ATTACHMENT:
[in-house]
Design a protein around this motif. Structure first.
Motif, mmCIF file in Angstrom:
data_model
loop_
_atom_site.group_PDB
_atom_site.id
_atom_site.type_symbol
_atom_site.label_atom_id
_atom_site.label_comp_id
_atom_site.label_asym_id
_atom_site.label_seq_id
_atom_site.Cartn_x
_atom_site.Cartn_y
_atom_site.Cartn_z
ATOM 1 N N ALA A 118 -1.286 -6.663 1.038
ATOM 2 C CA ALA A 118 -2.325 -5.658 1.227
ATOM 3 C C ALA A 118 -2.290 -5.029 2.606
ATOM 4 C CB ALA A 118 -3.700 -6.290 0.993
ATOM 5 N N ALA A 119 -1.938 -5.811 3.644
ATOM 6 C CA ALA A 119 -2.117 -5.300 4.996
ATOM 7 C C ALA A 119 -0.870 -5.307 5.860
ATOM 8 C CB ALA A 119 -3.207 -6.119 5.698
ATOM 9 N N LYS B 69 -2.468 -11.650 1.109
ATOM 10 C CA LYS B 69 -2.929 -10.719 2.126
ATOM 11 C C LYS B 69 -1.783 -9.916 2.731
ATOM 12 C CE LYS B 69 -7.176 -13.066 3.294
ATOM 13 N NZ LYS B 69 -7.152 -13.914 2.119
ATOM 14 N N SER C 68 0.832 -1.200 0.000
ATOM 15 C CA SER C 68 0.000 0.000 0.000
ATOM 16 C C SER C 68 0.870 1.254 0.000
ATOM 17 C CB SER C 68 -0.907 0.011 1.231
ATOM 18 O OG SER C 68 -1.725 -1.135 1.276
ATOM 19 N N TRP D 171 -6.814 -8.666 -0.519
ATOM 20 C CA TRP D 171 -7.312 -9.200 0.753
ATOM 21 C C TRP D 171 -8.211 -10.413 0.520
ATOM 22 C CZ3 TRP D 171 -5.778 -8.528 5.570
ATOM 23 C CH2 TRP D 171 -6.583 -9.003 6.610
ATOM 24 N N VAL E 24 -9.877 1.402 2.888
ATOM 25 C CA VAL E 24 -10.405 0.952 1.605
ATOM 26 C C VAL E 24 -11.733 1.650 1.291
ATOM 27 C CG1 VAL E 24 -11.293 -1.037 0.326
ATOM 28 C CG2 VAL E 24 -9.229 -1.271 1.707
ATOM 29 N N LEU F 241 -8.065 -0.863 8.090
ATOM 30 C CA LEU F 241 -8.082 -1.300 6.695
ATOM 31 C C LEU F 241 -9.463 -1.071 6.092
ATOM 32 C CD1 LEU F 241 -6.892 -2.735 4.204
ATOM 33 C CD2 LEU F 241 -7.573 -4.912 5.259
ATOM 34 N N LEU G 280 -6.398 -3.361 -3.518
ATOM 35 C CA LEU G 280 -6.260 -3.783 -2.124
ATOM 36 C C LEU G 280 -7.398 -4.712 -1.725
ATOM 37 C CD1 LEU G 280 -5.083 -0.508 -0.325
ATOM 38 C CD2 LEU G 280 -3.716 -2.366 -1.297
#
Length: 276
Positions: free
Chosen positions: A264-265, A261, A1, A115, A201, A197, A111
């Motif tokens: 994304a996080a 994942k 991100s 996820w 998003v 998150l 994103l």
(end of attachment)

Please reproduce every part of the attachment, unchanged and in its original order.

[in-house]
Design a protein around this motif. Structure first.
Motif, mmCIF file in Angstrom:
data_model
loop_
_atom_site.group_PDB
_atom_site.id
_atom_site.type_symbol
_atom_site.label_atom_id
_atom_site.label_comp_id
_atom_site.label_asym_id
_atom_site.label_seq_id
_atom_site.Cartn_x
_atom_site.Cartn_y
_atom_site.Cartn_z
ATOM 1 N N ALA A 118 -1.286 -6.663 1.038
ATOM 2 C CA ALA A 118 -2.325 -5.658 1.227
ATOM 3 C C ALA A 118 -2.290 -5.029 2.606
ATOM 4 C CB ALA A 118 -3.700 -6.290 0.993
ATOM 5 N N ALA A 119 -1.938 -5.811 3.644
ATOM 6 C CA ALA A 119 -2.117 -5.300 4.996
ATOM 7 C C ALA A 119 -0.870 -5.307 5.860
ATOM 8 C CB ALA A 119 -3.207 -6.119 5.698
ATOM 9 N N LYS B 69 -2.468 -11.650 1.109
ATOM 10 C CA LYS B 69 -2.929 -10.719 2.126
ATOM 11 C C LYS B 69 -1.783 -9.916 2.731
ATOM 12 C CE LYS B 69 -7.176 -13.066 3.294
ATOM 13 N NZ LYS B 69 -7.152 -13.914 2.119
ATOM 14 N N SER C 68 0.832 -1.200 0.000
ATOM 15 C CA SER C 68 0.000 0.000 0.000
ATOM 16 C C SER C 68 0.870 1.254 0.000
ATOM 17 C CB SER C 68 -0.907 0.011 1.231
ATOM 18 O OG SER C 68 -1.725 -1.135 1.276
ATOM 19 N N TRP D 171 -6.814 -8.666 -0.519
ATOM 20 C CA TRP D 171 -7.312 -9.200 0.753
ATOM 21 C C TRP D 171 -8.211 -10.413 0.520
ATOM 22 C CZ3 TRP D 171 -5.778 -8.528 5.570
ATOM 23 C CH2 TRP D 171 -6.583 -9.003 6.610
ATOM 24 N N VAL E 24 -9.877 1.402 2.888
ATOM 25 C CA VAL E 24 -10.405 0.952 1.605
ATOM 26 C C VAL E 24 -11.733 1.650 1.291
ATOM 27 C CG1 VAL E 24 -11.293 -1.037 0.326
ATOM 28 C CG2 VAL E 24 -9.229 -1.271 1.707
ATOM 29 N N LEU F 241 -8.065 -0.863 8.090
ATOM 30 C CA LEU F 241 -8.082 -1.300 6.695
ATOM 31 C C LEU F 241 -9.463 -1.071 6.092
ATOM 32 C CD1 LEU F 241 -6.892 -2.735 4.204
ATOM 33 C CD2 LEU F 241 -7.573 -4.912 5.259
ATOM 34 N N LEU G 280 -6.398 -3.361 -3.518
ATOM 35 C CA LEU G 280 -6.260 -3.783 -2.124
ATOM 36 C C LEU G 280 -7.398 -4.712 -1.725
ATOM 37 C CD1 LEU G 280 -5.083 -0.508 -0.325
ATOM 38 C CD2 LEU G 280 -3.716 -2.366 -1.297
#
Length: 276
Positions: free
Chosen positions: A264-265, A261, A1, A115, A201, A197, A111
């Motif tokens: 994304a996080a 994942k 991100s 996820w 998003v 998150l 994103l």